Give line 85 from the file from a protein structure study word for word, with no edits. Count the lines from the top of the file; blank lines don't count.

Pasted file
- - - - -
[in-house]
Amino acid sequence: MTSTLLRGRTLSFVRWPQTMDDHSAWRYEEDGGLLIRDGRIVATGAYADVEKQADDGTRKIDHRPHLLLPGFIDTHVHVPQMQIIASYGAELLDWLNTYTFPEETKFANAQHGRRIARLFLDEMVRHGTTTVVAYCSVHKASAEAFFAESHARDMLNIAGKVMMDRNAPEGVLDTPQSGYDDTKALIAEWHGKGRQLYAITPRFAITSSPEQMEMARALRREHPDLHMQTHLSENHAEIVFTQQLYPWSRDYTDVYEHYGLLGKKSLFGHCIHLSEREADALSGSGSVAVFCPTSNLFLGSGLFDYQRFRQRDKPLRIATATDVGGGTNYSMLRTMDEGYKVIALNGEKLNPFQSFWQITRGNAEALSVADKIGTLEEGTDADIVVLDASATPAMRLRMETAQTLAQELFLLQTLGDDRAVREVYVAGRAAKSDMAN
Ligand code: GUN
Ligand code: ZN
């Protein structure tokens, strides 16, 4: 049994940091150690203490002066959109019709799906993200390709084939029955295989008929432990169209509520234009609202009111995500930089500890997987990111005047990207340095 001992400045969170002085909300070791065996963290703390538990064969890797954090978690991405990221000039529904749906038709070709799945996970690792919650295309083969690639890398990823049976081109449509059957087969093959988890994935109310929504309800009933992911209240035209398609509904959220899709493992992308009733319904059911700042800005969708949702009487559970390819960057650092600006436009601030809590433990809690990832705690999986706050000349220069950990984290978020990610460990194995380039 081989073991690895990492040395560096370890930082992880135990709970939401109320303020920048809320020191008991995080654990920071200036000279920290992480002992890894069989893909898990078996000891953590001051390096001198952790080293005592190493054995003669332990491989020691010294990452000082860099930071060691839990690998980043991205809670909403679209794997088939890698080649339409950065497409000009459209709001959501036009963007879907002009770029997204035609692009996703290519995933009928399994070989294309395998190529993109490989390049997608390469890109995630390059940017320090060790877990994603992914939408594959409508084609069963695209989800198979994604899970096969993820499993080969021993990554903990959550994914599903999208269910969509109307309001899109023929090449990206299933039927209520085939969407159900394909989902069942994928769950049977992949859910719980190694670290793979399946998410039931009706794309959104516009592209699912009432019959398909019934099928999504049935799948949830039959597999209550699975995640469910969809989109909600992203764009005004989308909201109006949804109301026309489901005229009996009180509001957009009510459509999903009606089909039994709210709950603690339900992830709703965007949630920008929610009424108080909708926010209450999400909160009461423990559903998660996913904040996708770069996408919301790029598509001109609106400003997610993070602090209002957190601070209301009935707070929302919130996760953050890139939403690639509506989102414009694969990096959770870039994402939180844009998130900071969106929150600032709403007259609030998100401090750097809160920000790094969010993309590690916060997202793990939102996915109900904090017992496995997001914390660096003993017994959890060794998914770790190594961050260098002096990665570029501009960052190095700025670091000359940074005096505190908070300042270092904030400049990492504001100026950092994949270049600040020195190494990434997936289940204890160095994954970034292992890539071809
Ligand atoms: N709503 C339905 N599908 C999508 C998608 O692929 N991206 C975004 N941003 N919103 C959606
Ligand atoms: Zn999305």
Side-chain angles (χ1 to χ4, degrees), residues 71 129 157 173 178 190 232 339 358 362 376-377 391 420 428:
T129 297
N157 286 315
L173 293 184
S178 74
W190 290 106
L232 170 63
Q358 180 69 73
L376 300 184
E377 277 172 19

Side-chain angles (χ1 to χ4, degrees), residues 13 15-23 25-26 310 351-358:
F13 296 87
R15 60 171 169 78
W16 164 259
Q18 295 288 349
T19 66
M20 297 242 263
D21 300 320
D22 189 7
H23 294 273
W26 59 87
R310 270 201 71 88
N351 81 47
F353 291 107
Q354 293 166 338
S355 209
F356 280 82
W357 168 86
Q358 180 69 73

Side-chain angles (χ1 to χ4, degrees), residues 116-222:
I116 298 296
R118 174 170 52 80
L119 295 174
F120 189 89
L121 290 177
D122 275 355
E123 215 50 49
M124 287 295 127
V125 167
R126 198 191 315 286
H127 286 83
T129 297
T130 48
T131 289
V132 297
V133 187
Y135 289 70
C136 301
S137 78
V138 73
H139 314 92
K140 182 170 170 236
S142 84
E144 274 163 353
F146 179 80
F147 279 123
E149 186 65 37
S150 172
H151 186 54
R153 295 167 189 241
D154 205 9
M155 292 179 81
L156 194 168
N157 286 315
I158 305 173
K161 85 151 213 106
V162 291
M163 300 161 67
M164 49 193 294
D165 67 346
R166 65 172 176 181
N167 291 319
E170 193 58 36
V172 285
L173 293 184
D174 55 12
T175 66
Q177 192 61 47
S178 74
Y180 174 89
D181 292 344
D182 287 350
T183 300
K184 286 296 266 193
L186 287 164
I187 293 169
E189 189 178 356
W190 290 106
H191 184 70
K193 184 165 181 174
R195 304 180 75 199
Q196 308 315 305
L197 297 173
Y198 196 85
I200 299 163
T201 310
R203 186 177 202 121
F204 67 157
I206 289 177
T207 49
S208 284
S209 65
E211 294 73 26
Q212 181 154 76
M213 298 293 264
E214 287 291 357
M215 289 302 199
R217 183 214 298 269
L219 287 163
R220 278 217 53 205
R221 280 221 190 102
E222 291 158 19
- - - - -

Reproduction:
Q177 192 61 47